Health Savings Account (HSA) vs. Traditional Health Plan

This tool is designed to help you compare a High Deductible Health Plan (HDHP) with a Health Savings Account (HSA) to a traditional health plan. By using an HDHP/HSA solution, you can often realize significant savings on your insurance premiums and receive a deduction on your income taxes. Use this calculator to determine the possible savings.

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Annual prescriptions
Number of prescriptions you expect to fill annually.

Annual doctor visits
Number of times you expect to visit the doctor's office annually.

Marginal income tax rate
Use the table below to help you choose the appropriate federal marginal income tax rate.

Filing Status and Income Tax Rates 2012
Tax rateMarried filing jointly
or qualified widow(er)
SingleHead of householdMarried filing separately
10% $0 - 17,400 $0 - 8,700 $0 - $12,400 $0 - 8,700
15% $17,400 - 70,700 $8,700 - 35,350 $12,400 - 47,350 $8,700 - 35,350
25% $70,700 - 142,700 $35,350 - 85,650 $47,350 - 122,300 $35,350 - 71,350
28% $142,700 - 217,450 $85,650 - 178,650 $122,300 - 198,050 $71,350 - 108,725
33% $217,450 - 388,350 $178,650 - 388,350 $198,050 - 388,350 $108,725 - 194,175
35% over $388,350 over $388,350 over $388,350 over $194,175
Source: Revenue Procedure 2011-52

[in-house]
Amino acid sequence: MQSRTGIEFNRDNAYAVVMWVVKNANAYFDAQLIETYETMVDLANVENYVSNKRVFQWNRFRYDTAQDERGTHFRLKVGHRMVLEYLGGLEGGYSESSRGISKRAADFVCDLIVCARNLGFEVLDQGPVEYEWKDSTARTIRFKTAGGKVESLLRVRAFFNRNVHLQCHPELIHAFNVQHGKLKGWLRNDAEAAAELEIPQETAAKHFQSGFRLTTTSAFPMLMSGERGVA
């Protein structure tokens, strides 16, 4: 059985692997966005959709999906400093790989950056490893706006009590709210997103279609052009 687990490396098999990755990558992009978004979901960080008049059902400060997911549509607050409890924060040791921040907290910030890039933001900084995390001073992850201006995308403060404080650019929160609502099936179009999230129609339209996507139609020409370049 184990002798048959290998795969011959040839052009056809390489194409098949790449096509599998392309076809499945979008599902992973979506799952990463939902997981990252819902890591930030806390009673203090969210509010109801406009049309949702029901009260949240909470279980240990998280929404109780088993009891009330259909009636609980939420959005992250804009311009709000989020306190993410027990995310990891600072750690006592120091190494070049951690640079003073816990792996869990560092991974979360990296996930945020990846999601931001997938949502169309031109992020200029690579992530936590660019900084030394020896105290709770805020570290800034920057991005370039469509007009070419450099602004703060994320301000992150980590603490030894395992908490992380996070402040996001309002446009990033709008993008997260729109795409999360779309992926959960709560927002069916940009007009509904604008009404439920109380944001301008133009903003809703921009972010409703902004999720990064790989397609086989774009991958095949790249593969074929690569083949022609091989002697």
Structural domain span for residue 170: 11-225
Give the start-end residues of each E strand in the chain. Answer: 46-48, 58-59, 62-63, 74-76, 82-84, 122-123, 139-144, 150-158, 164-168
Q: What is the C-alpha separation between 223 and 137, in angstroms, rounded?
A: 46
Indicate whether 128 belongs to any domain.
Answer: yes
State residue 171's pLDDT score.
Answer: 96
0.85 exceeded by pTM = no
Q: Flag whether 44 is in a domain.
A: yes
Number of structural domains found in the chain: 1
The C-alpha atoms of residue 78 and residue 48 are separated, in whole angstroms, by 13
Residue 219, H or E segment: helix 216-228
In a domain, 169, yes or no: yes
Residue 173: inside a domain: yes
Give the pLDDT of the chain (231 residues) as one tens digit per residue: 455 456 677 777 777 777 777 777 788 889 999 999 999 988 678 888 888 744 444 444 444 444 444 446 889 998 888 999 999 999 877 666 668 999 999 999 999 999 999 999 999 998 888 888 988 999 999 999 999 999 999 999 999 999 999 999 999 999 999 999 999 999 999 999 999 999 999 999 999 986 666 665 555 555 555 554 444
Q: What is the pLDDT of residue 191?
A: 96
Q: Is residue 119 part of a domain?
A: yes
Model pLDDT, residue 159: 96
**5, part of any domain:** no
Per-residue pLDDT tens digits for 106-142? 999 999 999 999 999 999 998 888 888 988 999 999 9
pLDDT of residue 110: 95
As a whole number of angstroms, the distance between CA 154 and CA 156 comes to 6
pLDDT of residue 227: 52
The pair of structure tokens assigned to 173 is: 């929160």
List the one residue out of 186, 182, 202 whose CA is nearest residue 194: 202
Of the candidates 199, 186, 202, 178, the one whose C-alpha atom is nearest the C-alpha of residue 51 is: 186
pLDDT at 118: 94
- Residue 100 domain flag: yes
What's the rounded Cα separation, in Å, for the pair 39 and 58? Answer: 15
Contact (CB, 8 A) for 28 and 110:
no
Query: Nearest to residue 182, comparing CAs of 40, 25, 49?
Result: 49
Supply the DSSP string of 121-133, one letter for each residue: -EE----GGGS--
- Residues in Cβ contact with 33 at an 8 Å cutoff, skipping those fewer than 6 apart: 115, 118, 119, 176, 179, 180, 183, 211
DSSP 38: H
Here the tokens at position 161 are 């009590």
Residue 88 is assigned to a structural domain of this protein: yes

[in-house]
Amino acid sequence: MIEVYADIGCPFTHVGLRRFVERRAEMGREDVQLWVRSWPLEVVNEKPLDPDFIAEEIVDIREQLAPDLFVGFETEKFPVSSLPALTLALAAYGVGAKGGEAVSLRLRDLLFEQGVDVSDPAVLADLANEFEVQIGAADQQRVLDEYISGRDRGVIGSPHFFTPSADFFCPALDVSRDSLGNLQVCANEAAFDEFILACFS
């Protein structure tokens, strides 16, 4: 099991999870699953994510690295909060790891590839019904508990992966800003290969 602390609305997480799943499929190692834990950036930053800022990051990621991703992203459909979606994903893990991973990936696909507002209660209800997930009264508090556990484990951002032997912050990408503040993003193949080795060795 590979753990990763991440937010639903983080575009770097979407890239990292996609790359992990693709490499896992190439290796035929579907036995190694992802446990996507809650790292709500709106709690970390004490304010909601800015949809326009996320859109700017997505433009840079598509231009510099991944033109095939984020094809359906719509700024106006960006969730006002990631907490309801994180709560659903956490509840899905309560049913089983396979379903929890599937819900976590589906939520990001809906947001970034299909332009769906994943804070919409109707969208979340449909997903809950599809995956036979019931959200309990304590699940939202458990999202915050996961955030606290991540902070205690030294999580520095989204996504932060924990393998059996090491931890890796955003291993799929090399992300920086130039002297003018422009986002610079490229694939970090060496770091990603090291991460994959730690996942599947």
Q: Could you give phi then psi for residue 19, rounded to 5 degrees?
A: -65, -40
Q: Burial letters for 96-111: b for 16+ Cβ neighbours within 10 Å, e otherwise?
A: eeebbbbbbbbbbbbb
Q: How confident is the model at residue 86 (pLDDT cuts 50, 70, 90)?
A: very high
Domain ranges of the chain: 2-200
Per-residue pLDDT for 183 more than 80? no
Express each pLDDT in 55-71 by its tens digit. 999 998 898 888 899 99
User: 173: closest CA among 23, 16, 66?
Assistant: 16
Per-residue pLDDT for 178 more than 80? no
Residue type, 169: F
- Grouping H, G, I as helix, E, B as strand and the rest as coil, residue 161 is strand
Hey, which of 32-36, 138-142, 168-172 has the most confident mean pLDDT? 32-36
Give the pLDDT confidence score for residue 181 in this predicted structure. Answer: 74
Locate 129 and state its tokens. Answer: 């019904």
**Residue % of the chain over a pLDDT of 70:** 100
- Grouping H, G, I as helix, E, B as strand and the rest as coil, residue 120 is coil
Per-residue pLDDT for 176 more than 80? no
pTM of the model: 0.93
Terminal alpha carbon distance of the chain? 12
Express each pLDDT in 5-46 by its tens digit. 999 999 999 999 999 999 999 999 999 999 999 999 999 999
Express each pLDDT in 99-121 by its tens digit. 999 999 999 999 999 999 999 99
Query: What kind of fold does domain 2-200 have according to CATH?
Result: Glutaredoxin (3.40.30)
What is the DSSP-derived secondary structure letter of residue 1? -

Monthly premium
Monthly premium for your proposed health insurance options.

Annual deductible
Annual deductible that you are required to pay before your health insurance begins coverage. We assume that after this threshold has been reached that your insurance covers 100% of your expenses. In 2012, for an HDHP, the minimum deductible amount is $1,200 for self-only coverage and $2,400 for family coverage. This is unchanged from 2011.

Maximum annual out-of-pocket
Maximum out-of-pocket in a given year for your health insurance. This is the maximum total expense that you could incur in a given year with your proposed coverage. In 2012, for an HDHP, the highest annual out-of-pocket expense allowed is $6,050 for self only coverage and $12,100 for family coverage.

Co–pay for doctor visits and prescriptions
The fee you pay for each prescription and/or doctor's visit. These payments do not count toward your annual deductible or your maximum out of pocket expense.

The percentage of your healthcare costs that your insurance will cover after your costs exceed your annual deductible. You are assumed to continue to pay this percentage of your healthcare costs until you reach your annual maximum out of pocket expense.

Other expenses
Any other expenses that would normally be covered by your health insurance. This would include lab fees and services other than prescriptions and doctor visits. Don't include medical expenses not normally covered by your insurance such as some elective surgery, contact lens solution or over the counter medications.

HSA contributions
Total you expect to contribute to an HSA account per year. All contributions to an HSA account are tax deductible and withdrawals for qualified medical expenses are not subject to income tax. For 2012, the maximum contribution to an HSA is $3,100 for self-only coverage and $6,250 for family coverage.

HSA current balance
Total amount you have in an existing HSA account. If you do not have an HSA plan at this time this amount should be $0.